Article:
Hanging out in Aspen in the 50s and 60s, he knew there were lots of articulate and over-educated misfits, malcontents and de facto expatriates slinking there to piss their line in the snow; it was as good a place to look for writers as any, in hopes of finding the ones whom he could lead or push to a level of greatness....

            That probably sounds disgustingly altruistic, but it isn’t. More people are called to literature than are chosen, and Moore knew he was a reader, not a writer, but great readers can become great in literature as editors and publishers recognizing and cultivating great writers.

            Whether or not that was how Moore thought of himself, it was certainly the way it seemed to work out. If were lucky enough to make it on his short list, he would suggest ideas – with the same basic assignment: one to sixteen pages. But mostly he just wrote letters – this was long before email; I still have a whole file box of letters from him – cultivating conversations about things he’d read or you’d both read, and encouraging you to think a lot and write more. He would occasionally pass through town, which would result in epic quantities of drinking and talking; and he had no compunctions about calling up at 3:00 in the morning if he was thinking about something he thought you should be thinking about too.

            This resulted in unprecedented opportunities for writers because if you worked your way onto his short list, just about anything you sent him went into the magazine eventually. He was apologetic about editing – “pissing in manuscripts” was the way he put it – but he was not an autocratic editor, and not much into word counting. Basically he spoiled the hell out of us. Looking through my collection of old Gazettes before writing this, I found a book review I’d sent him, a joint review of Thoreau’s Walden and a book called Test Pattern for Living by Nicholas Johnson who was on his way out as chair of the Federal Communications Commission and was trying to simplify his life. You might intuit a connection between those two books – one of which needed no review at all – but Moore let me go on for two and a half full pages, probably five, six thousand words about it. I seriously doubt that anyone but Moore ever read it.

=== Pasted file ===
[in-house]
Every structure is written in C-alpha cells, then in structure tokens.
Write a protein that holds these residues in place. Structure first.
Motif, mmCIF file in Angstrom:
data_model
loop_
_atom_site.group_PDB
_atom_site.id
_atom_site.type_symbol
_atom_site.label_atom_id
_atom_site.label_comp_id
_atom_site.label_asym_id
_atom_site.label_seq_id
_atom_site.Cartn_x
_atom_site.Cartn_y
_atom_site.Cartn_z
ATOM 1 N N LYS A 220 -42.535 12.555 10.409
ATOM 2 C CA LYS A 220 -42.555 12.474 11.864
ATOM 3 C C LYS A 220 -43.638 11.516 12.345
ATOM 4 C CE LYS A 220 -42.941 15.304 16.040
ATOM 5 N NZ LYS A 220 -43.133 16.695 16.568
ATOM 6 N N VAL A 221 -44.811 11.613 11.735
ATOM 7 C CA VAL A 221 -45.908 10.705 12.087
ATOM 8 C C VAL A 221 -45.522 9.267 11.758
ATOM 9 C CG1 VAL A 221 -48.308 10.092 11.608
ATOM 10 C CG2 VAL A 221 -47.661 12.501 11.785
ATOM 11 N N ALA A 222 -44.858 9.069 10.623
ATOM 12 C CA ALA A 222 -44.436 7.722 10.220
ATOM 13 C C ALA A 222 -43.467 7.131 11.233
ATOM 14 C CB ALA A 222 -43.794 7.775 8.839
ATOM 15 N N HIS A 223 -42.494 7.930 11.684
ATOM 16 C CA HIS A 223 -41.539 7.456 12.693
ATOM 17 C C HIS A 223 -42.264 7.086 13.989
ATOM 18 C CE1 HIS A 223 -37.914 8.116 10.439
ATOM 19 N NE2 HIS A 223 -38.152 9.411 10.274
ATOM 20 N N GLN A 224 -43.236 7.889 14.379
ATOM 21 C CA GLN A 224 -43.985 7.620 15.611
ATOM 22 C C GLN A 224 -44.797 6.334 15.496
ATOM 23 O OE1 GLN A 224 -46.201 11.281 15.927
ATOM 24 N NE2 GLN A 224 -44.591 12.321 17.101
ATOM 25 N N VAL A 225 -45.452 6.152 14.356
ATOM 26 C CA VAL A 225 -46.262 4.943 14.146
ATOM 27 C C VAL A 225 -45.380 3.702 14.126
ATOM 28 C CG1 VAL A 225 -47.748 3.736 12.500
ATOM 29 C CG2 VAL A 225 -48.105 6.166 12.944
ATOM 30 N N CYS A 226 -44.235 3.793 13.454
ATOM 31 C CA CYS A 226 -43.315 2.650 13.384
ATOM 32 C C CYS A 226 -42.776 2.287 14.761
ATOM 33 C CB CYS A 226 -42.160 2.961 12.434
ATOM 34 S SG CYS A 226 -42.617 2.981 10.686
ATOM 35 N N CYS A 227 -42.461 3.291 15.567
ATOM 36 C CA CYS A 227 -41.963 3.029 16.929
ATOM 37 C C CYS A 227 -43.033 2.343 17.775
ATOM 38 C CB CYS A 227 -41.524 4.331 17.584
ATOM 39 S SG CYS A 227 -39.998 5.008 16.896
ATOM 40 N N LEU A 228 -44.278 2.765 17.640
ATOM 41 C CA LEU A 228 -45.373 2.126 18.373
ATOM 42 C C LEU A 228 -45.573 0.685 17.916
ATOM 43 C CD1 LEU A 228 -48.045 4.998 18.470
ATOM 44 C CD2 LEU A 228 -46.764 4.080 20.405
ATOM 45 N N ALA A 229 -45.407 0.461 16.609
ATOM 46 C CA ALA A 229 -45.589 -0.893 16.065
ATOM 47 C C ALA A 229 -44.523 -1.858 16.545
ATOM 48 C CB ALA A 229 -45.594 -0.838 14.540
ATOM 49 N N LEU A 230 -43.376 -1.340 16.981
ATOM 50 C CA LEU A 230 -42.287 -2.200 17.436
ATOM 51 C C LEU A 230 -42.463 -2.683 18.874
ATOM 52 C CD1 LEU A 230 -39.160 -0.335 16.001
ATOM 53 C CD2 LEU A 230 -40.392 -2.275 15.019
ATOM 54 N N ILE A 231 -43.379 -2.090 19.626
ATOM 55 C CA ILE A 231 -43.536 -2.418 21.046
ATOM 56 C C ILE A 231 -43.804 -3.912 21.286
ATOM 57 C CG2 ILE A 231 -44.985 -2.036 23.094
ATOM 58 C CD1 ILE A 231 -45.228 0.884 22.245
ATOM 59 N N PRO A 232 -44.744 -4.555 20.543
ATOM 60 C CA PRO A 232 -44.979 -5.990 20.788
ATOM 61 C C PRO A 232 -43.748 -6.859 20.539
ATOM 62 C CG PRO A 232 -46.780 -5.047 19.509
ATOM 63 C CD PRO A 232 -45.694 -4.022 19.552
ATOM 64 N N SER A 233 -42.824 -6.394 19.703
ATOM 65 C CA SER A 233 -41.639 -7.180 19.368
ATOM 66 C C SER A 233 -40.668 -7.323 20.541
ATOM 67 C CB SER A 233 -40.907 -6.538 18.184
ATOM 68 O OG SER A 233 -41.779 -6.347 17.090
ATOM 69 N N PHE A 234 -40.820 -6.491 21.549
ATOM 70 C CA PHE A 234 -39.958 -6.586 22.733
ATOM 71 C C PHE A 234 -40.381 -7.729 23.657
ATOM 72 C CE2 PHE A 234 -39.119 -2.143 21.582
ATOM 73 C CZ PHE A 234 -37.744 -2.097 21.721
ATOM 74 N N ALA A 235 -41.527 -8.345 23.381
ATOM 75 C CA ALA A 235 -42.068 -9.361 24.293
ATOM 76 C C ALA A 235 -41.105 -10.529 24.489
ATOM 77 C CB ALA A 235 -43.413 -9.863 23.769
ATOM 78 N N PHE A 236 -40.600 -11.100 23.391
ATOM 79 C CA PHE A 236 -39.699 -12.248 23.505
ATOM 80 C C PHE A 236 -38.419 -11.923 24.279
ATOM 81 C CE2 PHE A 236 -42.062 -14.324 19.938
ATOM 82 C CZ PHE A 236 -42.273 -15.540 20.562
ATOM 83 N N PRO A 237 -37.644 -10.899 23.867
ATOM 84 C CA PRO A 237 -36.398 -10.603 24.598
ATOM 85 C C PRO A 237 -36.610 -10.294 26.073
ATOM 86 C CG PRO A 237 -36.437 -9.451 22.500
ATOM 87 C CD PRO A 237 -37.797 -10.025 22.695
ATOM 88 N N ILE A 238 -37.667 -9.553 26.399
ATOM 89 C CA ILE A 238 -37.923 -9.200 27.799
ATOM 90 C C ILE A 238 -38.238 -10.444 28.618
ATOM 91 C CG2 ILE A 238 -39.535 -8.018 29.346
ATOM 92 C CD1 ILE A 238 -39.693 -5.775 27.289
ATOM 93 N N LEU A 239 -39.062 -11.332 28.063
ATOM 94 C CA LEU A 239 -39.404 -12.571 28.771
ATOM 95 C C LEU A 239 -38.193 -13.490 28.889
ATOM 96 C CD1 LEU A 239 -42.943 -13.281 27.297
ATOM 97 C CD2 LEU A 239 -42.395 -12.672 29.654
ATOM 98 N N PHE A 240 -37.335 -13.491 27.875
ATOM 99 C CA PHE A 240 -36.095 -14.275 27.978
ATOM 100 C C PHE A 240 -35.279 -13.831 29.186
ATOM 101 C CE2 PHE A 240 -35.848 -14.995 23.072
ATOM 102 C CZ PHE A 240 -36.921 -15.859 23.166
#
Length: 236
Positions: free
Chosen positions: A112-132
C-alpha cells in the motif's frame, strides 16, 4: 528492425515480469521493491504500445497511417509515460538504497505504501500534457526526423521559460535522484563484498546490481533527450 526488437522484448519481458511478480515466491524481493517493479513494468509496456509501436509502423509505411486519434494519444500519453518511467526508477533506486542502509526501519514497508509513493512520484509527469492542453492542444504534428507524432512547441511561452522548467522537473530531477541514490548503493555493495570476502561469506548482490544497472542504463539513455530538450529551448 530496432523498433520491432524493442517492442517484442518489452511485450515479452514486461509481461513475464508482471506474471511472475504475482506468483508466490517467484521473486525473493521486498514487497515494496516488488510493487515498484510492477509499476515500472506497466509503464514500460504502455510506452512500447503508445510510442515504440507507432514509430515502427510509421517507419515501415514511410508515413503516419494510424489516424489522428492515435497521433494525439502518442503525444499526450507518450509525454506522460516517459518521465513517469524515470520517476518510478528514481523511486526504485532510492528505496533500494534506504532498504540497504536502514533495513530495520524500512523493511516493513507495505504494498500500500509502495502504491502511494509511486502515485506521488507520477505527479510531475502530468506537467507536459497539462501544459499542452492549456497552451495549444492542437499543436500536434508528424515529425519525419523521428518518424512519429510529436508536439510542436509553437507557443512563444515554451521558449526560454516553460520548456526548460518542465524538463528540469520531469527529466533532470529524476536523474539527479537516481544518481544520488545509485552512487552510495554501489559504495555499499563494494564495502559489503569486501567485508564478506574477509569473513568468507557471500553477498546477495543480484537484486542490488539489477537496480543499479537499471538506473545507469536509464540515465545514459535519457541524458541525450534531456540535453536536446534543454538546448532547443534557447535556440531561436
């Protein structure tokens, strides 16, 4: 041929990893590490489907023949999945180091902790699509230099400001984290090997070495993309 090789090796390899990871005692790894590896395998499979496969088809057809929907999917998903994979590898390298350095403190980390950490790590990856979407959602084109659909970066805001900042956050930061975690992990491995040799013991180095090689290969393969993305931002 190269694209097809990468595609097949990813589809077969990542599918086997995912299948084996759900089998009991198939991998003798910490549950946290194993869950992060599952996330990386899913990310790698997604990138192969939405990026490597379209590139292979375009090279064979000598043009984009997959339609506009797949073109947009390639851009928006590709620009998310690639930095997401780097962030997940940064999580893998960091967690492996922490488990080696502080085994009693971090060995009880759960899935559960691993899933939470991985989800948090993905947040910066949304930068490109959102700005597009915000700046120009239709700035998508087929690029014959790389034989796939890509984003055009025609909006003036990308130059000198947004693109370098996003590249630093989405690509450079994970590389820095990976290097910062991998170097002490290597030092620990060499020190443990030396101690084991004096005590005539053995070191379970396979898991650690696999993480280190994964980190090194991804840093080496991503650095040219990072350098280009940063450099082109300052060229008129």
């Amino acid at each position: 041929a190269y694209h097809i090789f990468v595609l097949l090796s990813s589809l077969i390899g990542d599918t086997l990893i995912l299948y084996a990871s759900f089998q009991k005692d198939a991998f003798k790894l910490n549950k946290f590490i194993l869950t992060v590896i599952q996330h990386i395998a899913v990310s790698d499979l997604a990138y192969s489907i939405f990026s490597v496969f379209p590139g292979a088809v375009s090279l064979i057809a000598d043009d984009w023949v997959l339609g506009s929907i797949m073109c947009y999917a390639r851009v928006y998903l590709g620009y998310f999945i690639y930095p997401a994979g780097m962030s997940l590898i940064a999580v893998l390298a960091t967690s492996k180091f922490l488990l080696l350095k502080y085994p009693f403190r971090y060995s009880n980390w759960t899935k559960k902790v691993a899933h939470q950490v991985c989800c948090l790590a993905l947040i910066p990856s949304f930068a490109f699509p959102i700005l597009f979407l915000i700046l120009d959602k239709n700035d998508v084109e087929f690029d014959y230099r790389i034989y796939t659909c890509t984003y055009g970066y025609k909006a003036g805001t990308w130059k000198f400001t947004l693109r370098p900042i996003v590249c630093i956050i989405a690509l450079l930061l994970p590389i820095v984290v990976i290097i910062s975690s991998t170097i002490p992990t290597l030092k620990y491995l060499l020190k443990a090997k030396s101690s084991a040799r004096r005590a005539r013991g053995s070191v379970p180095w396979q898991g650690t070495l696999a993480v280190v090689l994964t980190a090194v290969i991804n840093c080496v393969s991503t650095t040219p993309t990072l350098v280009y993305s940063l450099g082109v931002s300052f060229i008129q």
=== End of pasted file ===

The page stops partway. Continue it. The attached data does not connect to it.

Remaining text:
Once I sent him a 90-page thing written in a week-long hemorrhage of words, and said I didn’t have any idea what to do with it. He called up: “We’ll publish it, of course. We just need to figure out how.” It eventually worked into a four-part series that eventually turned into a book. Dedicated, appropriately, to Moore “and his Mountain Gazette.” He occasionally turned over an entire issue to one piece by one writer – Dick Dorworth’s “Night Driving” is a memorable example.

            His magazine models weren’t outdoors magazines at all, but publications like Harper’s, The Atlantic, and The New York Review of Books – magazines that shamelessly promoted good, deep writing. Moore was blessed to have an “angel” who poured quite a little money into the magazine for several years, and a good advertising man, Darrell Oldham, who labored mightily to put the magazine on a self-sustaining footing. But the times were not right, and maybe the region wasn’t either, at least from the business side – too many somewhat marginal businesses in somewhat marginal communities, whose owners or operators were not so interested in participating in a labor of love of literature as they were in getting a return on their advertising dollar. The times were deteriorating too, sliding into the malaise that Jimmy Carter correctly diagnosed but couldn’t cure.

            Moore left the MG sometime in 1977, as I remember, and headed for The City – for a potentially great editor, there is only one city – searching, I think, for the American Mercury, a great old magazine that, sometime in the midnight-to-closing part of an evening, he would talk about wanting to resurrect. And that was my Mountain Gazette; I’ll let someone else pick up the story from there.